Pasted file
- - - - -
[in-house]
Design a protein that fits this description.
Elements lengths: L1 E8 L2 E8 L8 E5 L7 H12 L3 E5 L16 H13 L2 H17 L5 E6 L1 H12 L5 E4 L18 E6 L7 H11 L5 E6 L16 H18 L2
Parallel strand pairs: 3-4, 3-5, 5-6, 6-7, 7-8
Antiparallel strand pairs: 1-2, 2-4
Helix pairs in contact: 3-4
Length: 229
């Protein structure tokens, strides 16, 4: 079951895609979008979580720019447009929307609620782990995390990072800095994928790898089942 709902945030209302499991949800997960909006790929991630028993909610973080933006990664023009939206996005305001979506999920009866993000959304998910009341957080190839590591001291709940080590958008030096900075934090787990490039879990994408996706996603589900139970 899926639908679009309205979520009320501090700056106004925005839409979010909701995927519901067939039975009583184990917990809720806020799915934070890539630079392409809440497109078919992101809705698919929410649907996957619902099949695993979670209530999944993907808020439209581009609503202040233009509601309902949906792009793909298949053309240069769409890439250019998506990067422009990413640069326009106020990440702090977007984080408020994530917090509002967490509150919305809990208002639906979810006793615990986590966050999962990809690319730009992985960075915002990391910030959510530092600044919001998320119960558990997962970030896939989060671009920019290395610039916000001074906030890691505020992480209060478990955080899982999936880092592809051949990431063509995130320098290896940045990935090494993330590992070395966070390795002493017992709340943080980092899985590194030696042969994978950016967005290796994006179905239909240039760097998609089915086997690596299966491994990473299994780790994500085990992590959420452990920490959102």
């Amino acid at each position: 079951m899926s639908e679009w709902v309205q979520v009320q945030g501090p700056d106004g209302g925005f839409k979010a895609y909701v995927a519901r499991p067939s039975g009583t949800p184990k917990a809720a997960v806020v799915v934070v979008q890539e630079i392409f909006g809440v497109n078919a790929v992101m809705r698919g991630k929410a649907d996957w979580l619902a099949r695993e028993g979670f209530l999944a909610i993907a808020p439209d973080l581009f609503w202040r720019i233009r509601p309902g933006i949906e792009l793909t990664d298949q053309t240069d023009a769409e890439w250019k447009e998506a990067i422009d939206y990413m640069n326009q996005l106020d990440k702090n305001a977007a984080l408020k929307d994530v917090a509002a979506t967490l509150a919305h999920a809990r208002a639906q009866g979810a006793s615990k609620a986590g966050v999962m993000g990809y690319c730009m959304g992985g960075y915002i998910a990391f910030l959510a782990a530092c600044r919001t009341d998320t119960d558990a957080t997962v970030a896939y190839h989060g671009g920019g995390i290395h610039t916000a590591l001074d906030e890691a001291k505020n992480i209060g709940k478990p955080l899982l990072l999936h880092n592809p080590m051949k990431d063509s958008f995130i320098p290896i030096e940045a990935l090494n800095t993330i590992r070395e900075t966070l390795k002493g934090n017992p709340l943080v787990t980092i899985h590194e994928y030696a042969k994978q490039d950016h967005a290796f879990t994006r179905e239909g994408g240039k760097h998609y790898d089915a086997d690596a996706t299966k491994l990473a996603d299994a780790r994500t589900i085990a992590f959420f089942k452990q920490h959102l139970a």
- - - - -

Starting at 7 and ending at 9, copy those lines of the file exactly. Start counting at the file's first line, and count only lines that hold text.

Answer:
Length: 229
């Protein structure tokens, strides 16, 4: 079951895609979008979580720019447009929307609620782990995390990072800095994928790898089942 709902945030209302499991949800997960909006790929991630028993909610973080933006990664023009939206996005305001979506999920009866993000959304998910009341957080190839590591001291709940080590958008030096900075934090787990490039879990994408996706996603589900139970 899926639908679009309205979520009320501090700056106004925005839409979010909701995927519901067939039975009583184990917990809720806020799915934070890539630079392409809440497109078919992101809705698919929410649907996957619902099949695993979670209530999944993907808020439209581009609503202040233009509601309902949906792009793909298949053309240069769409890439250019998506990067422009990413640069326009106020990440702090977007984080408020994530917090509002967490509150919305809990208002639906979810006793615990986590966050999962990809690319730009992985960075915002990391910030959510530092600044919001998320119960558990997962970030896939989060671009920019290395610039916000001074906030890691505020992480209060478990955080899982999936880092592809051949990431063509995130320098290896940045990935090494993330590992070395966070390795002493017992709340943080980092899985590194030696042969994978950016967005290796994006179905239909240039760097998609089915086997690596299966491994990473299994780790994500085990992590959420452990920490959102």
């Amino acid at each position: 079951m899926s639908e679009w709902v309205q979520v009320q945030g501090p700056d106004g209302g925005f839409k979010a895609y909701v995927a519901r499991p067939s039975g009583t949800p184990k917990a809720a997960v806020v799915v934070v979008q890539e630079i392409f909006g809440v497109n078919a790929v992101m809705r698919g991630k929410a649907d996957w979580l619902a099949r695993e028993g979670f209530l999944a909610i993907a808020p439209d973080l581009f609503w202040r720019i233009r509601p309902g933006i949906e792009l793909t990664d298949q053309t240069d023009a769409e890439w250019k447009e998506a990067i422009d939206y990413m640069n326009q996005l106020d990440k702090n305001a977007a984080l408020k929307d994530v917090a509002a979506t967490l509150a919305h999920a809990r208002a639906q009866g979810a006793s615990k609620a986590g966050v999962m993000g990809y690319c730009m959304g992985g960075y915002i998910a990391f910030l959510a782990a530092c600044r919001t009341d998320t119960d558990a957080t997962v970030a896939y190839h989060g671009g920019g995390i290395h610039t916000a590591l001074d906030e890691a001291k505020n992480i209060g709940k478990p955080l899982l990072l999936h880092n592809p080590m051949k990431d063509s958008f995130i320098p290896i030096e940045a990935l090494n800095t993330i590992r070395e900075t966070l390795k002493g934090n017992p709340l943080v787990t980092i899985h590194e994928y030696a042969k994978q490039d950016h967005a290796f879990t994006r179905e239909g994408g240039k760097h998609y790898d089915a086997d690596a996706t299966k491994l990473a996603d299994a780790r994500t589900i085990a992590f959420f089942k452990q920490h959102l139970a």